Setting up of the Digital Agricultural Mission (DAM, 2012-2025) by the Ministry of Agriculture and Farmers’ Welfare is a welcome step to promote these new technologies. The ambitious framework of the Indian Digital Ecosystem of Agriculture (IDEA) of the ministry is aimed at creating an ecosystem that would initiate the structuring of several other agro-technological missions as well. Farmers are likely to benefit from seamless credit and insurance services and essential knowledge related to seeds, fertilisers, pesticides, market information and price forecast through federated big data and analytics to be created as per major objectives of the project. Various technology-based interventions under AgriStack and core infrastructure, data applications and tools that enable interoperatability of public and private IT systems under the Unified Farmers Service Platform are expected to expand deeper collaboration between all sectors of the Indian agricultural ecosystem. The DAM encompasses cloud computing, earth observation remote sensing, data science, AI and machine learning (ML) models, which have helped in the emergence of over 1,000 agri startups, as per the Economic Survey, 2022-23.
Several agri startups promote the use of drones for solving crop-related problems. These remote-controlled UAVs have been found advantageous in evidence-based planning and geographical data collection. Their field-level use is still in its infancy, but wherever used, these have been found useful in monitoring a broad range of agricultural parameters such as environmental conditions, soil nutrients and plant growth status, irrigation and water management, application of pesticides and fertilisers, weed management, etc. Drones were successfully used in 2020 in Rajasthan for controlling a locust attack by quickly spraying organo-phosphate insecticides over a vast area. However, there is a need to introduce certain policy interventions, remove inherent limitations, develop standard operating procedures and make agriculturists familiar with the entire process.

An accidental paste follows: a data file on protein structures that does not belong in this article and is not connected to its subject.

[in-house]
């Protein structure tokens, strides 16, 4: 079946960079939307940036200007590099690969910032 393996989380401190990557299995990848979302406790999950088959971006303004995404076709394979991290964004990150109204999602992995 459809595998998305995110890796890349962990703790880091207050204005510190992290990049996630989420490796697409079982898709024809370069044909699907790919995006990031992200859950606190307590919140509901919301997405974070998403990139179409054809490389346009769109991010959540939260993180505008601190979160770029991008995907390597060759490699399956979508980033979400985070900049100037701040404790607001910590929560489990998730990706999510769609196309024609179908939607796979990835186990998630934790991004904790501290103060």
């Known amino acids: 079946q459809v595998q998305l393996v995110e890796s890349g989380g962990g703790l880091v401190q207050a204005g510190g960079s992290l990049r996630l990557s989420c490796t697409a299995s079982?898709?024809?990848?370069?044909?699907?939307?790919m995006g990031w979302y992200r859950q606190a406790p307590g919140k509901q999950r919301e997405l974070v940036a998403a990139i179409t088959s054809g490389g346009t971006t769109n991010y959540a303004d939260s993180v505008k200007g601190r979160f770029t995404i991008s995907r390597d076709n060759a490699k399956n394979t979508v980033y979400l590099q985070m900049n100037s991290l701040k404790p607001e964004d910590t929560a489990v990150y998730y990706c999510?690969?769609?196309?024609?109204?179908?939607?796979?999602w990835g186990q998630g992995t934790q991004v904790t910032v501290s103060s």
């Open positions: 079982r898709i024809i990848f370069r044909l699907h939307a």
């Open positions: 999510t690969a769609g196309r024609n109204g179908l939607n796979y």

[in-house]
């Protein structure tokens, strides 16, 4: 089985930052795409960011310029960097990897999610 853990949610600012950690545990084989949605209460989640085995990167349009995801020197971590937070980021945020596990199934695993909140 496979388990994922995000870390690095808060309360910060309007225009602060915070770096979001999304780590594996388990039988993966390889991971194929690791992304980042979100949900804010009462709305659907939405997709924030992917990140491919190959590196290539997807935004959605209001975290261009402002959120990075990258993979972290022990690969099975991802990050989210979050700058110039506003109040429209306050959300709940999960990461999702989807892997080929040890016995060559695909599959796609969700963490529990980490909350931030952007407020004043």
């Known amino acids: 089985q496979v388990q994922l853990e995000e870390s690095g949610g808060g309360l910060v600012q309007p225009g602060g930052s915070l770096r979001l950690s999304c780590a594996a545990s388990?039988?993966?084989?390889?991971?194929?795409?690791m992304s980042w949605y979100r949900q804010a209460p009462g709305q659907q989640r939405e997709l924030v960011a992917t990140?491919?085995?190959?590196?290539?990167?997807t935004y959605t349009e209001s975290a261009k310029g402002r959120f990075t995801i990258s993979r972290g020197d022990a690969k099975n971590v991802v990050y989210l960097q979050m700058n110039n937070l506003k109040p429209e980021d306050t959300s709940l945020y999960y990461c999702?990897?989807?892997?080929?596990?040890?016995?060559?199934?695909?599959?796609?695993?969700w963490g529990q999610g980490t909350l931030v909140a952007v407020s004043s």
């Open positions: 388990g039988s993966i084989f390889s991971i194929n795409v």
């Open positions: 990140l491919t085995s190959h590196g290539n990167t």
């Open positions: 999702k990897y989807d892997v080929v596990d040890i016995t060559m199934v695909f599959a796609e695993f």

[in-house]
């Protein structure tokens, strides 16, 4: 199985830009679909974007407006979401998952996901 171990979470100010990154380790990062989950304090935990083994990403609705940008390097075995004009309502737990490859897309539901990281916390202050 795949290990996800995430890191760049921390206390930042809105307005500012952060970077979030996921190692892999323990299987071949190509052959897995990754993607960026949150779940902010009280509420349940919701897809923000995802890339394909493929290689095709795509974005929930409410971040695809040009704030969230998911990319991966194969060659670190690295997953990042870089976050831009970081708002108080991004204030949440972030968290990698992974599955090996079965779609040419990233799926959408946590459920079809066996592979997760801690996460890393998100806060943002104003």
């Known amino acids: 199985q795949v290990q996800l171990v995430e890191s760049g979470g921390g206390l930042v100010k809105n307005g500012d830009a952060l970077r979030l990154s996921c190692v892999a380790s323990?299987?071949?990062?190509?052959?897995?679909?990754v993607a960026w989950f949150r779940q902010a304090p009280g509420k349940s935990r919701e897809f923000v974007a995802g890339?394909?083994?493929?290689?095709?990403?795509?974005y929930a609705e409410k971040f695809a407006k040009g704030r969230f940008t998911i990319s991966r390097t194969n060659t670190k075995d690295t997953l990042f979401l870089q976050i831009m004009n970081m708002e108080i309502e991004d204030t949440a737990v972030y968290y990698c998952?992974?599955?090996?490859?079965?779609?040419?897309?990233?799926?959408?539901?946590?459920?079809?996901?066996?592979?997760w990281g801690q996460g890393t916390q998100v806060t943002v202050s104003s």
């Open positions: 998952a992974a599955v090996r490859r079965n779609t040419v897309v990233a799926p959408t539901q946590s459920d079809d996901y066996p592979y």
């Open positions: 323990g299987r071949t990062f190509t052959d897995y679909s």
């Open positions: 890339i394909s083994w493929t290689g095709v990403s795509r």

Small and marginal farmers, who often lack access to advanced technologies and expertise, are likely to benefit from the emergence of generative AI technology such as chatGPT and Microsoft Bing, which by leveraging large datasets can generate AI models that can produce highly realistic output that is often indistinguishable from human-created content. It is, however, of paramount importance to understand that such a technology-driven transformation can only be possible by creating awareness and capacity-building of the majority of uneducated or semi-educated small and marginal farmers. Lack of appropriate equipment and the cost of ownership are big hurdles. Hence, popularisation of digital agriculture lies in subsidising the cost of technology by the government, farm-level technological integration and collaboration with the farmers.
The author is former VC, Maharana Pratap University of Agriculture & Technology, Udaipur